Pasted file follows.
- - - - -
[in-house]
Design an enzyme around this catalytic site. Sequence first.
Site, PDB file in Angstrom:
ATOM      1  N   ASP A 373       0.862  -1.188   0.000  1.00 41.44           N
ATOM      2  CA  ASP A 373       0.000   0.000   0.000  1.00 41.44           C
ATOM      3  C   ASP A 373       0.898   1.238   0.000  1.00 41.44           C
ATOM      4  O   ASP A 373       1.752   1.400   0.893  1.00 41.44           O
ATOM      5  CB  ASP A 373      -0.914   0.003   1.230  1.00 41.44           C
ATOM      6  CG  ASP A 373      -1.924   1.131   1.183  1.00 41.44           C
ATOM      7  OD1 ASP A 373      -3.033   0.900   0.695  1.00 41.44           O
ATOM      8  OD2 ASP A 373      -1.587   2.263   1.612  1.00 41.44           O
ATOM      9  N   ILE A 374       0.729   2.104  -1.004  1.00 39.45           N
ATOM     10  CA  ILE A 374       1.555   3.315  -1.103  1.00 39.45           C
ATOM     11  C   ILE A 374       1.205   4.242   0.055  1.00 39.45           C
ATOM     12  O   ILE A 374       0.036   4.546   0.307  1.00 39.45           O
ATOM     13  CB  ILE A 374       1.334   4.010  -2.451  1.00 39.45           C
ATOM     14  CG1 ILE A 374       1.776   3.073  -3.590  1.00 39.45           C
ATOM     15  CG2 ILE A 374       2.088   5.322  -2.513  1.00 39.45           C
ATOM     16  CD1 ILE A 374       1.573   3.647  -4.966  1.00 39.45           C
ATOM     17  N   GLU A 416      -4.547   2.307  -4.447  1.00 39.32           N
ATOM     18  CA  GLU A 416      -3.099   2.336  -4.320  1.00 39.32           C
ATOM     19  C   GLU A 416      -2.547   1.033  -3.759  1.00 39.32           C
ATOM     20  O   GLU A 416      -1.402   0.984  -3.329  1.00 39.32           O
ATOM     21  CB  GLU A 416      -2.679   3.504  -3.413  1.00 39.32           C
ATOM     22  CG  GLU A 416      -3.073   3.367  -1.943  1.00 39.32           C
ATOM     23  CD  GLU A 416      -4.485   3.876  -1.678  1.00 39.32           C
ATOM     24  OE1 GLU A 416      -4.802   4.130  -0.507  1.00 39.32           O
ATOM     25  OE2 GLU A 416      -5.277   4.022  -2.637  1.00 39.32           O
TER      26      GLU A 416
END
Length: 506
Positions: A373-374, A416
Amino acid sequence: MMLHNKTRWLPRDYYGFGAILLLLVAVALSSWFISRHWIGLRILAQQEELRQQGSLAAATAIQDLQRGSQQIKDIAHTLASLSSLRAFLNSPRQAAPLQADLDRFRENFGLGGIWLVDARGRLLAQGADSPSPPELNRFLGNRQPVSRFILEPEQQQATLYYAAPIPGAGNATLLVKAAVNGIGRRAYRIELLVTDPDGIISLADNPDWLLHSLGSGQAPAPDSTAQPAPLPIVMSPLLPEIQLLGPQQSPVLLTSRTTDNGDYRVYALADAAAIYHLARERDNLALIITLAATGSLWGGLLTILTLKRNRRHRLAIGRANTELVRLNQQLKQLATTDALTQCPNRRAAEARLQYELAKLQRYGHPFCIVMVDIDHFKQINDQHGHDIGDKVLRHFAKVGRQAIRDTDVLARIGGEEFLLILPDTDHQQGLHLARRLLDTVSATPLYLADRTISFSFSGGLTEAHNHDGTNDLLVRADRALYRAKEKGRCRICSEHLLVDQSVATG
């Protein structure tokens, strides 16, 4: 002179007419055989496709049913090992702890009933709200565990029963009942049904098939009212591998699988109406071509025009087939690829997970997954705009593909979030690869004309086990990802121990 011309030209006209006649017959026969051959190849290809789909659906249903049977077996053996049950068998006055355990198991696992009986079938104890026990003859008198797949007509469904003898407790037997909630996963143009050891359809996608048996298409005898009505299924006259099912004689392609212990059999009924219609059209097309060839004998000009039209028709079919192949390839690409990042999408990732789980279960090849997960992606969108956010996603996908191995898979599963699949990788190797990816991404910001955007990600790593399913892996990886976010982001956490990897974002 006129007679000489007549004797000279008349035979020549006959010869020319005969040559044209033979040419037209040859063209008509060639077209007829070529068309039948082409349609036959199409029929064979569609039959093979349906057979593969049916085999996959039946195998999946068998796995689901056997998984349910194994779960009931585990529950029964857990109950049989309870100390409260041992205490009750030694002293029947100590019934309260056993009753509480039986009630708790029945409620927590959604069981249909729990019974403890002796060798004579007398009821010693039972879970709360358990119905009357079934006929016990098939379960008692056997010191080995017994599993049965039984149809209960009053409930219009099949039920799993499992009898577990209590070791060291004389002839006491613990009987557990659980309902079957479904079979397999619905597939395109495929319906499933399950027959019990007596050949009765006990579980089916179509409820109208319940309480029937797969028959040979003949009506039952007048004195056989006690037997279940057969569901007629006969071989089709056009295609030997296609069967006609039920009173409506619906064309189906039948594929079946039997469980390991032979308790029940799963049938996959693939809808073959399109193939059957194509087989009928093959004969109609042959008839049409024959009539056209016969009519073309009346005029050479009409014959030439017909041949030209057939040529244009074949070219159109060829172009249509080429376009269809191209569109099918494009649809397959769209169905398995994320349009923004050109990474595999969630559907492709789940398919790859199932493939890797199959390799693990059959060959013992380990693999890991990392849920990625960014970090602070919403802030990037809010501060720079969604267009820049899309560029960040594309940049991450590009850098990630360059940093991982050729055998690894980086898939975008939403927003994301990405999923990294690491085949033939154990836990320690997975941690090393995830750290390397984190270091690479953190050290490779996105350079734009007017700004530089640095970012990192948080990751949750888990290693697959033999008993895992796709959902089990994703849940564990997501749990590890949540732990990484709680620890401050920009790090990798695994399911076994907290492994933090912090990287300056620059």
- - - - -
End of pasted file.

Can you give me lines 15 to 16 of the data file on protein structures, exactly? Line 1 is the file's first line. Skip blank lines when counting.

ATOM     12  O   ILE A 374       0.036   4.546   0.307  1.00 39.45           O
ATOM     13  CB  ILE A 374       1.334   4.010  -2.451  1.00 39.45           C